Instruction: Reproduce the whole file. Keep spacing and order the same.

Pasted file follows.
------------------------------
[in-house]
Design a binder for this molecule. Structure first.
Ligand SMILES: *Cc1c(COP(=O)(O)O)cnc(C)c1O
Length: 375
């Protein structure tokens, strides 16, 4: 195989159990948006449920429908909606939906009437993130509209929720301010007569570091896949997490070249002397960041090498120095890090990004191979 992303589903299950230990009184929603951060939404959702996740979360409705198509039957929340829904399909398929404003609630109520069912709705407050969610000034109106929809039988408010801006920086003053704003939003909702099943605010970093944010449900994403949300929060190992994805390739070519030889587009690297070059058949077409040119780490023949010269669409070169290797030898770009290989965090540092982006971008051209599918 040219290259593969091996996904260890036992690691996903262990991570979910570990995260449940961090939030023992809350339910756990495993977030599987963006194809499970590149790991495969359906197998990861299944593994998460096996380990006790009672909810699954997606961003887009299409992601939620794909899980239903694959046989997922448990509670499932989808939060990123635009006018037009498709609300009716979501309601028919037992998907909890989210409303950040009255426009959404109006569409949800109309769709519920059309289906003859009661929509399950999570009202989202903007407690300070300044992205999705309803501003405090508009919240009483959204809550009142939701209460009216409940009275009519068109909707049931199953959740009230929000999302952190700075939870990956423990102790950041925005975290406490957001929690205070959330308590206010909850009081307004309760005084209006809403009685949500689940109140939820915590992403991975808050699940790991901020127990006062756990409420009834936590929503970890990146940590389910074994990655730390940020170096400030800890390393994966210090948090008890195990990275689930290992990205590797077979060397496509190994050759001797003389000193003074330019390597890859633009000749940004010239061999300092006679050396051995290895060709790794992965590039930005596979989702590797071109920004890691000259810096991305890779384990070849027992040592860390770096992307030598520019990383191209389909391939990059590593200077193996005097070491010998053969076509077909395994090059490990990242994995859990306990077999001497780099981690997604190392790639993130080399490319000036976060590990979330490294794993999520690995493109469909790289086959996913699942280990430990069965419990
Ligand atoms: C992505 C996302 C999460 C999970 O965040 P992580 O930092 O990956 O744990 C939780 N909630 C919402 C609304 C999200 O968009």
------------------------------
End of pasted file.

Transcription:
[in-house]
Design a binder for this molecule. Structure first.
Ligand SMILES: *Cc1c(COP(=O)(O)O)cnc(C)c1O
Length: 375
């Protein structure tokens, strides 16, 4: 195989159990948006449920429908909606939906009437993130509209929720301010007569570091896949997490070249002397960041090498120095890090990004191979 992303589903299950230990009184929603951060939404959702996740979360409705198509039957929340829904399909398929404003609630109520069912709705407050969610000034109106929809039988408010801006920086003053704003939003909702099943605010970093944010449900994403949300929060190992994805390739070519030889587009690297070059058949077409040119780490023949010269669409070169290797030898770009290989965090540092982006971008051209599918 040219290259593969091996996904260890036992690691996903262990991570979910570990995260449940961090939030023992809350339910756990495993977030599987963006194809499970590149790991495969359906197998990861299944593994998460096996380990006790009672909810699954997606961003887009299409992601939620794909899980239903694959046989997922448990509670499932989808939060990123635009006018037009498709609300009716979501309601028919037992998907909890989210409303950040009255426009959404109006569409949800109309769709519920059309289906003859009661929509399950999570009202989202903007407690300070300044992205999705309803501003405090508009919240009483959204809550009142939701209460009216409940009275009519068109909707049931199953959740009230929000999302952190700075939870990956423990102790950041925005975290406490957001929690205070959330308590206010909850009081307004309760005084209006809403009685949500689940109140939820915590992403991975808050699940790991901020127990006062756990409420009834936590929503970890990146940590389910074994990655730390940020170096400030800890390393994966210090948090008890195990990275689930290992990205590797077979060397496509190994050759001797003389000193003074330019390597890859633009000749940004010239061999300092006679050396051995290895060709790794992965590039930005596979989702590797071109920004890691000259810096991305890779384990070849027992040592860390770096992307030598520019990383191209389909391939990059590593200077193996005097070491010998053969076509077909395994090059490990990242994995859990306990077999001497780099981690997604190392790639993130080399490319000036976060590990979330490294794993999520690995493109469909790289086959996913699942280990430990069965419990
Ligand atoms: C992505 C996302 C999460 C999970 O965040 P992580 O930092 O990956 O744990 C939780 N909630 C919402 C609304 C999200 O968009």